Canon's UV filter vs. good third-party unit

Discussion in 'Canon EOS' started by ross_hight, Mar 2, 2002.

  1. I've been looking for a pair of good 58mm UV filters to keep on two new Canon EF lenses. Canon, of course, would rather that I used their own product, but I've also heard many good remarks about Hoya and Tiffen multi-coated UV filters. Can anyone tell me anything about how the Canon UV stacks up against B+W, Hoya HMC, etc.?

    <p>

    Thanks,

    <p>

    R.D. Hight
    Not part of a cosmic energy field per se.
     
  2. B+W or Hoya would be considered better than the Canon by most, but you
    are picking at grains of sand with that. I just buy B+W and never
    worry about the quality of glass, as I know that I and more
    gear-nurotics think they are more than fine.
     
  3. While canon filters are indeed well made, the truth is that as long
    as you stay with a brand name multicoated filter like hoya, tiften or
    b&w,you will not see any difference in your photos.
     
  4. All the Canon UV filters I have seen are made by Tiffen (even comes in the Tiffen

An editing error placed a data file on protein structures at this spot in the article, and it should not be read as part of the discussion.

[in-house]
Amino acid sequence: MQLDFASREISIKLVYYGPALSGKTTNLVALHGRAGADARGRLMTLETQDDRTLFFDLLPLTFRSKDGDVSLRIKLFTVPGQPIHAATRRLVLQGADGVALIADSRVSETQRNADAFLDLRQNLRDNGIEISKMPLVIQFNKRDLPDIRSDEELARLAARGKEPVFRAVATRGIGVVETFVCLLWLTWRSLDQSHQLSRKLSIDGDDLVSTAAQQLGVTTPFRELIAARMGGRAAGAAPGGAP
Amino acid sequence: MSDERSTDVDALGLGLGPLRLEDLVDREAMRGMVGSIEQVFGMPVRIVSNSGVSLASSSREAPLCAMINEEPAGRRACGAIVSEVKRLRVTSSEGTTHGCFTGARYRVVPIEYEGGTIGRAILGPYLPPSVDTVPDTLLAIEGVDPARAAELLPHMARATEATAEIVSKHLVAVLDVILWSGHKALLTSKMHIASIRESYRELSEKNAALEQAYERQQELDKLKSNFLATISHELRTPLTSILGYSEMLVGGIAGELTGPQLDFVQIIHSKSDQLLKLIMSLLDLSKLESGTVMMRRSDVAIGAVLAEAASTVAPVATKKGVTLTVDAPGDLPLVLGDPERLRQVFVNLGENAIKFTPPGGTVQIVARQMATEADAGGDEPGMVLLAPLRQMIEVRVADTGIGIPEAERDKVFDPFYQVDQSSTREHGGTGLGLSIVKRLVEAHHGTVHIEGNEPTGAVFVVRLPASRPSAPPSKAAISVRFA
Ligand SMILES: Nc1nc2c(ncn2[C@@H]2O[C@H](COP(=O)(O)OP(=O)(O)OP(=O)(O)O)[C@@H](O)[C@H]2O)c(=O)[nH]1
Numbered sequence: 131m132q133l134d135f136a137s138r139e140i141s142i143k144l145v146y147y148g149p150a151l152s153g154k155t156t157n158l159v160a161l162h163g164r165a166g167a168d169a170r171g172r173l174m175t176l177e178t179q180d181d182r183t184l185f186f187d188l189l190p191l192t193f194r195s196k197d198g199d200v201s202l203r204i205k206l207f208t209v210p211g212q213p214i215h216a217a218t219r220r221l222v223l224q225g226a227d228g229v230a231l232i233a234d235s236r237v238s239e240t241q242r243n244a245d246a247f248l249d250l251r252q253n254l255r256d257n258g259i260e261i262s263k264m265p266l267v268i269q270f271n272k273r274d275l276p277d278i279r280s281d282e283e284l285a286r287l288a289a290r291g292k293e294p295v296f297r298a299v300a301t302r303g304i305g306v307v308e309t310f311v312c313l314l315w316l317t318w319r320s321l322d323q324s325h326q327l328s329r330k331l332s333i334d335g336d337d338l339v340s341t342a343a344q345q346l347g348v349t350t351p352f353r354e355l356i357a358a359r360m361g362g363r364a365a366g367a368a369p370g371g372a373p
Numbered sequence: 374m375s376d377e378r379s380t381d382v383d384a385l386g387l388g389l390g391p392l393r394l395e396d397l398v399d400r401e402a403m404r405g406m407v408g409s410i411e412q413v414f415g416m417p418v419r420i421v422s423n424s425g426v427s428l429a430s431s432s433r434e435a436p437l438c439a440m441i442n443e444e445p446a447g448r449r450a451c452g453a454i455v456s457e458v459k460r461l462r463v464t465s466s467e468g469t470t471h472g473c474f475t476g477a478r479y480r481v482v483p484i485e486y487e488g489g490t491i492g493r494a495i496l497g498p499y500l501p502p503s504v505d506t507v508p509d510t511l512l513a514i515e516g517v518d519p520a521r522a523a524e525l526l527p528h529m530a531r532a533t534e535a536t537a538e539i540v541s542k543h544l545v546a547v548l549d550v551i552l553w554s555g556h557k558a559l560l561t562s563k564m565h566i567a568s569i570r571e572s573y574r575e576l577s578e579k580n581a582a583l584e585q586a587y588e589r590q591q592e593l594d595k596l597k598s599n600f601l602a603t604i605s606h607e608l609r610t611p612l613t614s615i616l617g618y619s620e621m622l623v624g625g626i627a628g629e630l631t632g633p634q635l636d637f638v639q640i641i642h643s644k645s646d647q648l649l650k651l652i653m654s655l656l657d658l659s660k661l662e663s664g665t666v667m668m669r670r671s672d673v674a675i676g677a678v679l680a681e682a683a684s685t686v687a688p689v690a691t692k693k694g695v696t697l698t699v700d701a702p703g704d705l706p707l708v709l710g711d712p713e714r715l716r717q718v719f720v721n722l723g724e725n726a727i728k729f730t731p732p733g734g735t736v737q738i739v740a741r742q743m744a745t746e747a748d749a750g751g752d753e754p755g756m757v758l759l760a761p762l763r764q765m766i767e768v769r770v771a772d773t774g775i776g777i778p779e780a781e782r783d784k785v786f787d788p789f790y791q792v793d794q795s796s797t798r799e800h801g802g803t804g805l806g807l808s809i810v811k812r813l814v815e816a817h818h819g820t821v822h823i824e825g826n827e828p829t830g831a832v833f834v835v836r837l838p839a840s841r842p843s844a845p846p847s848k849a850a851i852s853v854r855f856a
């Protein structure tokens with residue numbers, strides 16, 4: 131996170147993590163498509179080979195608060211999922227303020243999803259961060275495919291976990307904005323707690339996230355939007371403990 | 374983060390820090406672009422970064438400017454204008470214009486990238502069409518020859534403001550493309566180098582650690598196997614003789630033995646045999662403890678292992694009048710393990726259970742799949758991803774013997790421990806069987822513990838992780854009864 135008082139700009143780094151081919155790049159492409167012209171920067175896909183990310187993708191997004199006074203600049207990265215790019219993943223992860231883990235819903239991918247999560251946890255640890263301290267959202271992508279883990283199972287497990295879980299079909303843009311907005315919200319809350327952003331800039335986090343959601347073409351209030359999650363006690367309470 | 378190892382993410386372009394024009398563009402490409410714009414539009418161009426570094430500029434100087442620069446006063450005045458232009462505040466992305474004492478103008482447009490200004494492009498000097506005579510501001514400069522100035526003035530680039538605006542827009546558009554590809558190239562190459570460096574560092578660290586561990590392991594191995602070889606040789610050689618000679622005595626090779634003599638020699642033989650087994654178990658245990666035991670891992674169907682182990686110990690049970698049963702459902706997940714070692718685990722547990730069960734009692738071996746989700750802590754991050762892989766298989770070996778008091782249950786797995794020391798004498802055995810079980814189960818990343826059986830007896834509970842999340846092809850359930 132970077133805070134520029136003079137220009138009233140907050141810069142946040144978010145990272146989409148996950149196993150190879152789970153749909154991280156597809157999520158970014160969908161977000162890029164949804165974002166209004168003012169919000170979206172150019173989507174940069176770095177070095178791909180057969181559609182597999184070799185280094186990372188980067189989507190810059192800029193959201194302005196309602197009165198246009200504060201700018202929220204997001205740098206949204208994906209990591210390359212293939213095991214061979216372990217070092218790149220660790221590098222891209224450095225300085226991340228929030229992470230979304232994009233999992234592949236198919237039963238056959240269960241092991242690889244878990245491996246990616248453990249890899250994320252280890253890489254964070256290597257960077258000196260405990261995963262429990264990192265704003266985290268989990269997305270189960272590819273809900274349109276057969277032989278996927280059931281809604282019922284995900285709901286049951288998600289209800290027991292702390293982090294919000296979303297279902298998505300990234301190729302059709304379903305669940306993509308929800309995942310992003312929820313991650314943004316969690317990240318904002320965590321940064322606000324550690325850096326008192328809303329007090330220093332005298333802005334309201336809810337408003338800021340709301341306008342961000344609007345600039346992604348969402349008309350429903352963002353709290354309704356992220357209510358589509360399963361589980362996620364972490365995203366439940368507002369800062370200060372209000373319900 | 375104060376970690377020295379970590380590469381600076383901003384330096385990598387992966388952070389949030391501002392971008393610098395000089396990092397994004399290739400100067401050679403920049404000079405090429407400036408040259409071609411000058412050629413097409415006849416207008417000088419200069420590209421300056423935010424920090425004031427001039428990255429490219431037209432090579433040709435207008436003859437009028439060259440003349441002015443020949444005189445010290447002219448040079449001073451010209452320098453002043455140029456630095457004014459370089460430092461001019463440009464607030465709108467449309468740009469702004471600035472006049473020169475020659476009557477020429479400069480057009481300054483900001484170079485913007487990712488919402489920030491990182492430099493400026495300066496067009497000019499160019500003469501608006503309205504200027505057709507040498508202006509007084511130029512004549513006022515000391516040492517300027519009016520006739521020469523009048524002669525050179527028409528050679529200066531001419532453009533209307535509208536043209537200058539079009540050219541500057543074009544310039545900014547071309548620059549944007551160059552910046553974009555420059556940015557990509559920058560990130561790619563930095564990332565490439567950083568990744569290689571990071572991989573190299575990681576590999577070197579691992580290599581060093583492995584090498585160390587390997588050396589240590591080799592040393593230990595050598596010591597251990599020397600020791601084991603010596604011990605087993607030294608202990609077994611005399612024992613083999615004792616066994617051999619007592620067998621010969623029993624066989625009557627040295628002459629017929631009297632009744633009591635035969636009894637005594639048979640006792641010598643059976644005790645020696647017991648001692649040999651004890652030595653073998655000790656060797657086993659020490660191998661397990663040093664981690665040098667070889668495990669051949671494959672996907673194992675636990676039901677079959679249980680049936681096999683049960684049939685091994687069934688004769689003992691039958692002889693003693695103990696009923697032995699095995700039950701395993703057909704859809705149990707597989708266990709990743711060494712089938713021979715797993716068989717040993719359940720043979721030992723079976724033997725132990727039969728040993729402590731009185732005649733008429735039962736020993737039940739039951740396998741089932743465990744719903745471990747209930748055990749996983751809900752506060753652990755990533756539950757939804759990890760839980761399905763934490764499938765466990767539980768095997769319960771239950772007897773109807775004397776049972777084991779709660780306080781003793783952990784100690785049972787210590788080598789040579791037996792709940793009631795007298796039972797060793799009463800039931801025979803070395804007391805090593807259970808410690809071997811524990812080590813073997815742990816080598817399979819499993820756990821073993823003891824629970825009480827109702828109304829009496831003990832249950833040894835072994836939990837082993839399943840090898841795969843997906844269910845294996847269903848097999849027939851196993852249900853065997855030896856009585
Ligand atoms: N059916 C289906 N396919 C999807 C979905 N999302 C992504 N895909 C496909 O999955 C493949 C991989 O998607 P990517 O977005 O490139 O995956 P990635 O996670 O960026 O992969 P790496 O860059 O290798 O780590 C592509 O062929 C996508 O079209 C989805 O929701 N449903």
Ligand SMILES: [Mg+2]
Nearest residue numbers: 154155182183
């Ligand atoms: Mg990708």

box). They appeared to be the Tiffen's cheapest model.

    <p>

    I prefer the Hoya HMC Super Multi-Coated or B & W multi-coated. The Hoya
    filters are extra thin and, thus, won't vignette on most wide angle lenses. B & W
    charges extra for thin filters.
     
  5. I use UV filters on all lenses for protection (I have a long history
    of dropping and otherwise banging up lenses). The filter is,
    therefore, little more than a clear lens cap. I'll take it off if
    flare is possibility but, otherwise, I leave it on all the time.
    Since I'm using it to protect the front lens element, I expect it to
    get dirty, scratched or even broken. I use good quality UV filters
    by Tiffen (mostly), Hoya and Canon. As long as they are of good
    optical quality, they serve the purpose. I don't spend extra for
    multi-coating or for expensive UV filters.
     
  6. lee is right. as long as the optics of the filter (UV or skylight) is
    good enough, you don't have to worry about anything else. the main
    idea of such filters is to protect the lens which can be served by any
    good quality filters.
     
  7. Thanks for the good answers! I was sure I was going to have to
    choose between 1) leaving my poor front elements naked, 2) using a
    cheap skylight which probably degrades images, or 3) getting taken on
    some kind of overpriced unit that probably doesn't even make a
    difference. Shouldn't be to hard to find the middle ground now.
    Thanks again.
     

Share This Page